Antarctic fish that manufacture their own "antifreeze" proteins to survive in the icy Southern Ocean also suffer an unfortunate side effect, researchers report: The protein-bound ice crystals that accumulate inside their bodies resist melting even when temperatures warm.

NASA's Exposing Microorganisms in the Stratosphere (E-MIST) experiment launched to the Earth's stratosphere on the exterior of a giant scientific balloon gondola at about 8 a.m. MST on Aug. 24 from Ft. Sumner, New Mexico.

Future radial velocity, astrometric and direct imaging surveys will find nearby Earth-sized planets within the habitable zone (HZ) in the near future. How can we search for water and oxygen in those non-transiting planets?

In no other field of astrophysics has the impact of new instrumentation been as substantial as in the domain of exoplanets.

ExoEarth yield is a critical science metric for future exoplanet imaging missions. Here we estimate exoEarth candidate yield using single visit completeness for a variety of mission design and astrophysical parameters.

We report on the characterization of the Kepler-101 planetary system, thanks to a combined DE-MCMC analysis of Kepler data and forty radial velocities obtained with the HARPS-N spectrograph. This system was previously validated by Rowe et al. (2014) and is composed of a hot super-Neptune, Kepler-101b, and an Earth-sized planet, Kepler-101c.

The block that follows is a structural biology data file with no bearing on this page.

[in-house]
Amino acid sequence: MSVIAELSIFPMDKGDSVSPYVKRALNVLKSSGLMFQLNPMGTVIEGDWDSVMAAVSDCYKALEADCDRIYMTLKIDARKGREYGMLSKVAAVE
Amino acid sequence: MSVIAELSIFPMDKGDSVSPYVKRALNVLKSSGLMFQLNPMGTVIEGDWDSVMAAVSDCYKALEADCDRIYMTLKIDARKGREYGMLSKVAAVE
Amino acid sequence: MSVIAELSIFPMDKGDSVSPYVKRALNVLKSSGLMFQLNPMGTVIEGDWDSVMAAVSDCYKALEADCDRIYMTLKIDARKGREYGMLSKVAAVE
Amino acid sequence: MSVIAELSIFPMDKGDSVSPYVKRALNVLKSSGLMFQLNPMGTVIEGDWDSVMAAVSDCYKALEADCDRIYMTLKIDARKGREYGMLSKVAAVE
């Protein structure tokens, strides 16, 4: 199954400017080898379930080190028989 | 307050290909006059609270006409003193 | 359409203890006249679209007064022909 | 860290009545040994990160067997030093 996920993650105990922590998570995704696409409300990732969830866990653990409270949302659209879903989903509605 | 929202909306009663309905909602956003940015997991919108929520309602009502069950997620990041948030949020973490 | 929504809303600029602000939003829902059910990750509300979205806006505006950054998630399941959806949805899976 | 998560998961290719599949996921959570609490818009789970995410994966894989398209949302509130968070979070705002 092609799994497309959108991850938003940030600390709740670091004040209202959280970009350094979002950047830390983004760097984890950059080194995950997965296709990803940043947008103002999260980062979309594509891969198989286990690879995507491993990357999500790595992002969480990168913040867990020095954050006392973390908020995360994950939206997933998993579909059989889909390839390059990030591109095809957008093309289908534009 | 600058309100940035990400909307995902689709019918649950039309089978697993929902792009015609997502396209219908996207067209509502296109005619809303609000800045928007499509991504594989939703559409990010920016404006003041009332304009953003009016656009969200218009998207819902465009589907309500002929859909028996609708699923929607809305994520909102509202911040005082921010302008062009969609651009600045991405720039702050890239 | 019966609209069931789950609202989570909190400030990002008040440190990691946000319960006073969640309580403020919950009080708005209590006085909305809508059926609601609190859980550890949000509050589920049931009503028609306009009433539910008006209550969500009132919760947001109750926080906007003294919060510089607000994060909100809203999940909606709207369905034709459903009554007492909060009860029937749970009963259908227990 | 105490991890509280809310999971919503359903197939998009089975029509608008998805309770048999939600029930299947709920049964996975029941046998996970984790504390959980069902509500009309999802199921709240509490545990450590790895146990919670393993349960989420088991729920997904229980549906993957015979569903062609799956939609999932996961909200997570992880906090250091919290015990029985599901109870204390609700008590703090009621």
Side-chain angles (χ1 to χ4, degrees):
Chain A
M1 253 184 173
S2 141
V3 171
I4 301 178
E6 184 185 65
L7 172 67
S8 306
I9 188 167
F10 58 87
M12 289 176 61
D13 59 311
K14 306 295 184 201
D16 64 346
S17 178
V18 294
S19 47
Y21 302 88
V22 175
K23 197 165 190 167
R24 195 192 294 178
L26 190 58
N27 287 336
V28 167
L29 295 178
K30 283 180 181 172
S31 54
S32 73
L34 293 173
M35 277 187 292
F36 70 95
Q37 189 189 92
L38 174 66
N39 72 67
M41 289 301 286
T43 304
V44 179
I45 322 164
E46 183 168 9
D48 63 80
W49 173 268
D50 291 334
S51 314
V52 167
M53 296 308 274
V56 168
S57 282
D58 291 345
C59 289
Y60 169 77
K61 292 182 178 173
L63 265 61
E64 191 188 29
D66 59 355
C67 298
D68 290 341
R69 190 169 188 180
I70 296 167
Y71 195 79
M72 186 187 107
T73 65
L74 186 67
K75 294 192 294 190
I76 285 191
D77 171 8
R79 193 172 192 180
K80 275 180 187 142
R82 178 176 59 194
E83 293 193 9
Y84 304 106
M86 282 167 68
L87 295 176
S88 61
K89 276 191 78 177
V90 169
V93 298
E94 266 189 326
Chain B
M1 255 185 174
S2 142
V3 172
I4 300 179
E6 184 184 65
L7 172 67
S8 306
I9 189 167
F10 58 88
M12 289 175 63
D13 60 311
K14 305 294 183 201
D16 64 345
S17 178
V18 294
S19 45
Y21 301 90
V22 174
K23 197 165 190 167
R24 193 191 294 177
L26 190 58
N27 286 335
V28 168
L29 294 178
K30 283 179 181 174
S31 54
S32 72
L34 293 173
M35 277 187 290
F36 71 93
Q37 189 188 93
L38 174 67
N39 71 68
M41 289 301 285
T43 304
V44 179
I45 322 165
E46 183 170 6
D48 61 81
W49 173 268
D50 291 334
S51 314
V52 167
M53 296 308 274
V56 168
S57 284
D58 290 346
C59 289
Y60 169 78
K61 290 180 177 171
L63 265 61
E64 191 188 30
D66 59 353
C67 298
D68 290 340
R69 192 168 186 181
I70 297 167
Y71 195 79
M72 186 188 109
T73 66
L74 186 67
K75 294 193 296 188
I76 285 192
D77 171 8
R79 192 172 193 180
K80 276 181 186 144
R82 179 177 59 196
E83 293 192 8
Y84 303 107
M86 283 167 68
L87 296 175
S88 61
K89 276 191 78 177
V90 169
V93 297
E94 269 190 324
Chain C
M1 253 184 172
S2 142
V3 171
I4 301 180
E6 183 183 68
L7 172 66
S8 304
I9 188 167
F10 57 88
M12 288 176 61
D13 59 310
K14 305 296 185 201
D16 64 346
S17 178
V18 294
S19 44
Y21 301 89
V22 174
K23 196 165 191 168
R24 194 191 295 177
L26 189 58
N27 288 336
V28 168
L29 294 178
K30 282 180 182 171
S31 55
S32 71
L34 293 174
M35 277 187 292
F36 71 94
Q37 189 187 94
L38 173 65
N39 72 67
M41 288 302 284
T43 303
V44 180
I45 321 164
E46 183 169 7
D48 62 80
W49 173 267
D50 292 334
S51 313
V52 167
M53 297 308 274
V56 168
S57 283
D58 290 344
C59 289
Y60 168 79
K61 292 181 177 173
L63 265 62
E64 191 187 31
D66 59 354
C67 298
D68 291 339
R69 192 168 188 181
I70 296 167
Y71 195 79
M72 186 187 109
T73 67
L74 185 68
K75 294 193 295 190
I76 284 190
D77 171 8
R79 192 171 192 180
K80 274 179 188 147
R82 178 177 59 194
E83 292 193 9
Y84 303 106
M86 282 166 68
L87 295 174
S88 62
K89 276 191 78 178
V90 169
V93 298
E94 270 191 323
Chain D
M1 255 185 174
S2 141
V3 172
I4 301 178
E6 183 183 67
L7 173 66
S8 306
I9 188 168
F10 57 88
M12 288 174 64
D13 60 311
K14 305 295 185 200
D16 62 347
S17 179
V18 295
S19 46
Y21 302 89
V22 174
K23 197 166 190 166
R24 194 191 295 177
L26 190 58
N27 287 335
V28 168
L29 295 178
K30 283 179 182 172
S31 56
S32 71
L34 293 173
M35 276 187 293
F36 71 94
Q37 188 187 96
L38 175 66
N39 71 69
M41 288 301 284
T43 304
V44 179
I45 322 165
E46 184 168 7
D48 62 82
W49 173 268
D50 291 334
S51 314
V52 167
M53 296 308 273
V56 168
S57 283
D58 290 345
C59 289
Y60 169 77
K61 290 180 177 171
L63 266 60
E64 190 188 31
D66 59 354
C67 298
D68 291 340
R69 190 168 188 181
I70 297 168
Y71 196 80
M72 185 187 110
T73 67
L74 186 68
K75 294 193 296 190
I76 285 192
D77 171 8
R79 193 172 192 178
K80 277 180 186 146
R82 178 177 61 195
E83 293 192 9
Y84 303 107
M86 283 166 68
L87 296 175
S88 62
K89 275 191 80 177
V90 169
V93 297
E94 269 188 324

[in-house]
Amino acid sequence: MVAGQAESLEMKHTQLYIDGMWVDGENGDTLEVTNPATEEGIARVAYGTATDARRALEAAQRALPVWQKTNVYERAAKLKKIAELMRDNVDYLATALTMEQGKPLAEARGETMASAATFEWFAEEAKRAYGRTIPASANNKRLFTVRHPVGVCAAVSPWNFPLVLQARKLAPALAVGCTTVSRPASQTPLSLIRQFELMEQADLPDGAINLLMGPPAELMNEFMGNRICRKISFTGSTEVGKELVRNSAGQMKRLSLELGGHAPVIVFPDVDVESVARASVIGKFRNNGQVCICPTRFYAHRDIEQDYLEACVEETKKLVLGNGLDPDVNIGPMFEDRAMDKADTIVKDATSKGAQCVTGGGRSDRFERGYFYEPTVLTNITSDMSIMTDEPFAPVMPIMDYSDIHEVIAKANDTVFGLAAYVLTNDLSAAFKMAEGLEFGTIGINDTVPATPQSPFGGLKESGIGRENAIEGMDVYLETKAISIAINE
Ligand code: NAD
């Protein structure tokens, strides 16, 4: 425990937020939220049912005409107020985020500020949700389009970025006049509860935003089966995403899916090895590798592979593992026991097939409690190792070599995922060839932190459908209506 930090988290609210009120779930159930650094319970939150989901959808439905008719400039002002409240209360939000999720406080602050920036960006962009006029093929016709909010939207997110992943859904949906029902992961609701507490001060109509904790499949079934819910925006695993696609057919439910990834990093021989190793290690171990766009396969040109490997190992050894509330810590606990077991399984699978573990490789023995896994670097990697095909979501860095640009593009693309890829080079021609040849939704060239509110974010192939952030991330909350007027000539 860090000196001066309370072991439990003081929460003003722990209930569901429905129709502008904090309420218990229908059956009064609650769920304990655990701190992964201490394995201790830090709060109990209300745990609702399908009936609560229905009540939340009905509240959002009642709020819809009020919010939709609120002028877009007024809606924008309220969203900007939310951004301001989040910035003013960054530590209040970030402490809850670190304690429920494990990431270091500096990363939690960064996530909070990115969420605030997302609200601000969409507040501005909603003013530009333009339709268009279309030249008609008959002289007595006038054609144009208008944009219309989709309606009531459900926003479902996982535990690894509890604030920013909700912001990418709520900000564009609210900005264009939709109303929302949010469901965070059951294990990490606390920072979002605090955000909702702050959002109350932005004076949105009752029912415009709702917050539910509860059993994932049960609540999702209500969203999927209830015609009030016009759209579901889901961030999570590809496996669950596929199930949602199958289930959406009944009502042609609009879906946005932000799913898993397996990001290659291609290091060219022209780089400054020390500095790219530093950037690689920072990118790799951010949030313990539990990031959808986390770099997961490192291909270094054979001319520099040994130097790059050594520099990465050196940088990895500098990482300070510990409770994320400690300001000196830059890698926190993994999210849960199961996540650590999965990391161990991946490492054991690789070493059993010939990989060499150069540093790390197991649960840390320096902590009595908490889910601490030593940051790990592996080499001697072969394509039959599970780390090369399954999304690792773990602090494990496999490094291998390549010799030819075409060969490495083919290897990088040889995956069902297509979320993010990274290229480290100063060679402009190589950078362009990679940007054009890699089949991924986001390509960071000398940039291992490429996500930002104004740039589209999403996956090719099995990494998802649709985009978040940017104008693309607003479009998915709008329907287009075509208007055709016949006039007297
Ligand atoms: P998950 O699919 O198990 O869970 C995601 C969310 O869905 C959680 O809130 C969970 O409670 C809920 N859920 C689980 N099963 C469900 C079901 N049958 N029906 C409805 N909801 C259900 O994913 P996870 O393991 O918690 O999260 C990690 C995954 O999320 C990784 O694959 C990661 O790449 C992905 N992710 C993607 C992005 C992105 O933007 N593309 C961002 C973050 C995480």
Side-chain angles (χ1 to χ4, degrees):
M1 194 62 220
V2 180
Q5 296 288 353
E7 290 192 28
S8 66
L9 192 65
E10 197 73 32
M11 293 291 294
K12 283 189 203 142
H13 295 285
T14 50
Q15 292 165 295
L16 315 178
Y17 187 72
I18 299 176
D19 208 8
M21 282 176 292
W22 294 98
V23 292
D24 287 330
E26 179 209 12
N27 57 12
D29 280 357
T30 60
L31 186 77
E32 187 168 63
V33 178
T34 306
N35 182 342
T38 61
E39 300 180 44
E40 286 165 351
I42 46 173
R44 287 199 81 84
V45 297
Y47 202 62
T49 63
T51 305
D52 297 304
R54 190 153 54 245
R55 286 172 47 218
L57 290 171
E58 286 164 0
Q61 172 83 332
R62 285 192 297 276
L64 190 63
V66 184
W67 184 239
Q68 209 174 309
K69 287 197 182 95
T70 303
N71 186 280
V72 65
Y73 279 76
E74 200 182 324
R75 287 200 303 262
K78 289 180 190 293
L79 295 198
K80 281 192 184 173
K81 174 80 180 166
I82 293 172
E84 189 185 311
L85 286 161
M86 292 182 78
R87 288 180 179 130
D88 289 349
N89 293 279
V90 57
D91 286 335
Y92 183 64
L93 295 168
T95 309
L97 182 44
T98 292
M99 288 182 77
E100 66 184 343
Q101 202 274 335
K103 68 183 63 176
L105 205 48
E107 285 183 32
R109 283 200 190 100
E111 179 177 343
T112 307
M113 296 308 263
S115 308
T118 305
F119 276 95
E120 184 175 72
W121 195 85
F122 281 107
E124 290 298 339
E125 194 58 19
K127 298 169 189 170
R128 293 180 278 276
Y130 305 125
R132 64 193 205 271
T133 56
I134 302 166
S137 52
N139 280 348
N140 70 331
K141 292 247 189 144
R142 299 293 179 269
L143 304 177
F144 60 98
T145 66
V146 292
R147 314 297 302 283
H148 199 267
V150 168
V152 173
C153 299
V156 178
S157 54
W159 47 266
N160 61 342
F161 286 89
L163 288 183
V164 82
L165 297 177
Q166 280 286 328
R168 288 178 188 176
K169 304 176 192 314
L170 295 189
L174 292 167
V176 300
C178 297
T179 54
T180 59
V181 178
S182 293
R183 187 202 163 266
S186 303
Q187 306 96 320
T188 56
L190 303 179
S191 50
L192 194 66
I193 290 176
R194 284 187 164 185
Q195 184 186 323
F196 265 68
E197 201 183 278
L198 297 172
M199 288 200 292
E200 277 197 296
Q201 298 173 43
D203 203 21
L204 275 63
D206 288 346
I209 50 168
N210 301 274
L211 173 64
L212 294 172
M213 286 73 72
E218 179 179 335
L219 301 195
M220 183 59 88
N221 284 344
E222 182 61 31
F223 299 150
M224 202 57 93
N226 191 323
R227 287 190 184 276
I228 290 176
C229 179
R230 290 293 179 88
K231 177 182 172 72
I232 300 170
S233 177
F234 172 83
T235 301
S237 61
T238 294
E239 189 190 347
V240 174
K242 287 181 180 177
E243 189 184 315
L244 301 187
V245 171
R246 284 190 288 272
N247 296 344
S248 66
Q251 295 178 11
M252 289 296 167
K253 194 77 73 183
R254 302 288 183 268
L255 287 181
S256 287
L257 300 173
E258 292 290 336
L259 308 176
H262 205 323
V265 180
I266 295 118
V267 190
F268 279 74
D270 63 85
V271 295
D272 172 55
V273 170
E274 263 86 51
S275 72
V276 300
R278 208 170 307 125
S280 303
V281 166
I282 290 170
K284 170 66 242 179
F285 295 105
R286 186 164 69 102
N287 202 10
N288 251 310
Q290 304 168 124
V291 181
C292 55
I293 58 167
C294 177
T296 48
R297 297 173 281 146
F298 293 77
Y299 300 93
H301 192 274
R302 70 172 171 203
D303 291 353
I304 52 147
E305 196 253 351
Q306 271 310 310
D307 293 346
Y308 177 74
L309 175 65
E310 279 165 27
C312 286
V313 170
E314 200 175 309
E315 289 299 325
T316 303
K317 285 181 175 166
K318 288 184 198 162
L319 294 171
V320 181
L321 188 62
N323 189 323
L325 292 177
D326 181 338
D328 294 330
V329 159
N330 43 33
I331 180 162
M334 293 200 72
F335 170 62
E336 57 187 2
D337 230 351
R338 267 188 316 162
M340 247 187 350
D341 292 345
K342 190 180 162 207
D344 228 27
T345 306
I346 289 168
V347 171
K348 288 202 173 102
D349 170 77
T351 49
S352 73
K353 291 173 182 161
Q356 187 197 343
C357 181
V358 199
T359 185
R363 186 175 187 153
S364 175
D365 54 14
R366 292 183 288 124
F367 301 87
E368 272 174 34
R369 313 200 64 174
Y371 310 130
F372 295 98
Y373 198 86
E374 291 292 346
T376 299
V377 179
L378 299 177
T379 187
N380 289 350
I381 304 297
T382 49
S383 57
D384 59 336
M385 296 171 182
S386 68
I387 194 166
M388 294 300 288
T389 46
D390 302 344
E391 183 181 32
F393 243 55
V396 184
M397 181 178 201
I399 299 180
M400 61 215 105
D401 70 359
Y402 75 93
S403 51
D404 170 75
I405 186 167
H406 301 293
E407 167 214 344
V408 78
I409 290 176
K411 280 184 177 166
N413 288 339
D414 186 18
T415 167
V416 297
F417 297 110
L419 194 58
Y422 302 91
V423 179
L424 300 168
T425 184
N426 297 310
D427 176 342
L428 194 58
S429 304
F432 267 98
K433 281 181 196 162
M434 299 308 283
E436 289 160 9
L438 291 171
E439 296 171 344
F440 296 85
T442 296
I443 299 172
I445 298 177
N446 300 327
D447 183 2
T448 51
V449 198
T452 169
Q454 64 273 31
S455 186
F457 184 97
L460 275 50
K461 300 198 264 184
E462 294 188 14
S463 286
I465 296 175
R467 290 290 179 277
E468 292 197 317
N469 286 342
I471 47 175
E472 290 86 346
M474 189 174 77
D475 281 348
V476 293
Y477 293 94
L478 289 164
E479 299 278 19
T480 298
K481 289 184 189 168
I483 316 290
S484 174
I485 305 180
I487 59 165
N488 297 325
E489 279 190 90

The detection and atmospheric characterization of super-Earths is one of the major frontiers of exoplanetary science. Currently, extensive efforts are underway to detect molecules, particularly H2O, in super-Earth atmospheres.

Two Northeastern University researchers and their international colleagues have created an advanced model aimed at exploring the role of neutral evolution in the biogeographic distribution of ocean microbes.

Spectroscopic observations of exoplanets are crucial to infer the composition and properties of their atmospheres. HD 189733b is one of the most extensively studied exoplanets and is a corner stone for hot Jupiter models.

The finding of a 'cell-like' structure, which investigators now know once held water, came about as a result of collaboration between scientists in the UK and Greece. Their findings are published in the latest edition of the journal Astrobiology.